Second PlaceLittle Rock, ArkansasSpring 2014

    Software: Rhino, Revit, Photoshop, Illustrator

  • Views out into the surrounding city is important. It encourages (within the students) a sense of connection to the world outside. Classrooms are directly adjacent to the innermost atrium, allowing for circulation to occur at the edge of the building. Access from one side of the atrium to the other occurs through three stairs. These stairs link opposing programs like classrooms and laboratories expediently.

    1/8

    Views out into the surrounding city is important. It encourages (within the students) a sense of connection to the world outside. Classrooms are directly adjacent to the innermost atrium, allowing for circulation to occur at the edge of the building. Access from one side of the atrium to the other occurs through three stairs. These stairs link opposing programs like classrooms and laboratories expediently.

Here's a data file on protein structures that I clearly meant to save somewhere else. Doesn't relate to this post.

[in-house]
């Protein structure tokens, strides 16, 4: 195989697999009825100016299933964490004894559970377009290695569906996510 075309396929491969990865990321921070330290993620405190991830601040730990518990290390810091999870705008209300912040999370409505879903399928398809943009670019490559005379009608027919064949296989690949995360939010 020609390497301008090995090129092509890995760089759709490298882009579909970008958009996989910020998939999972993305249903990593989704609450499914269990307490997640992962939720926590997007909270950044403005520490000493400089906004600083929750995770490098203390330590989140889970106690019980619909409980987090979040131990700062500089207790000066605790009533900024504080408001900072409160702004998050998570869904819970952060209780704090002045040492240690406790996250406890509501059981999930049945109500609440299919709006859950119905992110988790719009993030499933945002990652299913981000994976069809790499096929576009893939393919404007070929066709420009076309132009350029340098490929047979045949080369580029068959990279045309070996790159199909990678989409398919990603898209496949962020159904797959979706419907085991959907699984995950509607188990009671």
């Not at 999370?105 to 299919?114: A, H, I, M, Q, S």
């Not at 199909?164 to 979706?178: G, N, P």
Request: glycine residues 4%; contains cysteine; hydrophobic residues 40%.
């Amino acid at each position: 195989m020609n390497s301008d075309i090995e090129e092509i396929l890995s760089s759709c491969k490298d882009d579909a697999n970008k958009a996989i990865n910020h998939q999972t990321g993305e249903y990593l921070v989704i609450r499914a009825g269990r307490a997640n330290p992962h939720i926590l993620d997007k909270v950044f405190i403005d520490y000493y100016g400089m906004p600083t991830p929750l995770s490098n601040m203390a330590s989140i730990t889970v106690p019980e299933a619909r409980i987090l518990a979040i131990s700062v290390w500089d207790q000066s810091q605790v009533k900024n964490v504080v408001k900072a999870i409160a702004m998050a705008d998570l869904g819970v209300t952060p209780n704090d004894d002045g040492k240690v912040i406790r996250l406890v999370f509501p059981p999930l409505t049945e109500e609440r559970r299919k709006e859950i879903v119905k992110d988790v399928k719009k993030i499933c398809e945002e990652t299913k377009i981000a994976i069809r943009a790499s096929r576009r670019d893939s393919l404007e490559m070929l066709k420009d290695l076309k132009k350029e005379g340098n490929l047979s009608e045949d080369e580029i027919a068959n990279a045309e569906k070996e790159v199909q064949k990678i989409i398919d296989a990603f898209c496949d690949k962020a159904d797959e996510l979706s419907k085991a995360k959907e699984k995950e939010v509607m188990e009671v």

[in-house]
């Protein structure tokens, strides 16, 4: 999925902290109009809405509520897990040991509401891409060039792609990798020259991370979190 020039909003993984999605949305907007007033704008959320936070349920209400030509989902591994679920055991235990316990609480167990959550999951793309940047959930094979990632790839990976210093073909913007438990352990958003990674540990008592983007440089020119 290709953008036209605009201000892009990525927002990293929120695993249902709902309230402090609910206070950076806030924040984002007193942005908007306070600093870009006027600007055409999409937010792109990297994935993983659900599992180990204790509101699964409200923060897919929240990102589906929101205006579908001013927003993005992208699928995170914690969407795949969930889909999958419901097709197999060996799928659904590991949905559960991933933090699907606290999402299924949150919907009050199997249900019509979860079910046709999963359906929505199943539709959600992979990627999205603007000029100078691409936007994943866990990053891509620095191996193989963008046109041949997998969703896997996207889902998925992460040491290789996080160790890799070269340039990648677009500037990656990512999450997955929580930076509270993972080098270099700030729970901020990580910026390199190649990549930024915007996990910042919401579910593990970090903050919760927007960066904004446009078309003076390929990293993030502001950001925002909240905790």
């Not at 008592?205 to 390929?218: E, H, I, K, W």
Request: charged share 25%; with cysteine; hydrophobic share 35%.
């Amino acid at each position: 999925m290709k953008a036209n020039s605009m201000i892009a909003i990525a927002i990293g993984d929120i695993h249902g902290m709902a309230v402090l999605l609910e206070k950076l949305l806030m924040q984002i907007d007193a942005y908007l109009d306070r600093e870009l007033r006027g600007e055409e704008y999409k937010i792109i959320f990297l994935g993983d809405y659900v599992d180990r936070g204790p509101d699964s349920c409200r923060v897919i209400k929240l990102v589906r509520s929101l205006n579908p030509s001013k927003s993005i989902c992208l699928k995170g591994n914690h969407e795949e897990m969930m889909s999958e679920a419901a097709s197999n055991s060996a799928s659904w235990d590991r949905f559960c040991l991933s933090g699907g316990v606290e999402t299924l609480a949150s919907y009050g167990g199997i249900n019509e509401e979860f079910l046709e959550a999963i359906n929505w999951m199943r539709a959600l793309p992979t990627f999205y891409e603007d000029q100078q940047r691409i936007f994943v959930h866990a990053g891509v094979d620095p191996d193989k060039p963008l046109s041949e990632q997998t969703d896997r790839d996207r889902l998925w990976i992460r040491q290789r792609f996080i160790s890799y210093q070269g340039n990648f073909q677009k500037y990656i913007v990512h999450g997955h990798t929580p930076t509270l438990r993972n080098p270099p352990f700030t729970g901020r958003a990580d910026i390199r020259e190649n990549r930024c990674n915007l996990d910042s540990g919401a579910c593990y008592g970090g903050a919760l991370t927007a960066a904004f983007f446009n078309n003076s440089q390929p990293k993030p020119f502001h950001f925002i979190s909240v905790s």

1/8 = 1-0 Model Photographs

  • The building is a post-tension concrete structure, enabling long spans, and minimizing the number of columns. A raised oor ventilation system heats and cools the building through geothermal wells (a useful HVAC strategy given the buildings close proximity to the Arkansas River). Here, the necessity of recreation in a high school is solved via a roof gardena place where students can relax, study, eat, and play sports.

    The spatial typology of an atrium allows cross ventilation, preventing overheating through night ush cooling. A curtain wall system of vertical transparent PV louvers lters lighting, controls climate, and enables views.

  • Revitalizing Eje Central

    Historic map of Mexico D.F. The line in red shows the studio site, the Eje Central, a streetThe Eje Central works well as a facilitator of movement that it has neglected the possibility for a stronger role as a place that could serve the needs of the community. In this team project we made the Eje a destination, a viable living environment, and a greater community amenity through increased density and enhanced public space, which can o er a variety of experiences and uses; not simply a street in and out of the centro.

    Study Abroad: Mexico D.F.Summer 2013

  • eje as a diverse living environment

    eje as a to place not a through place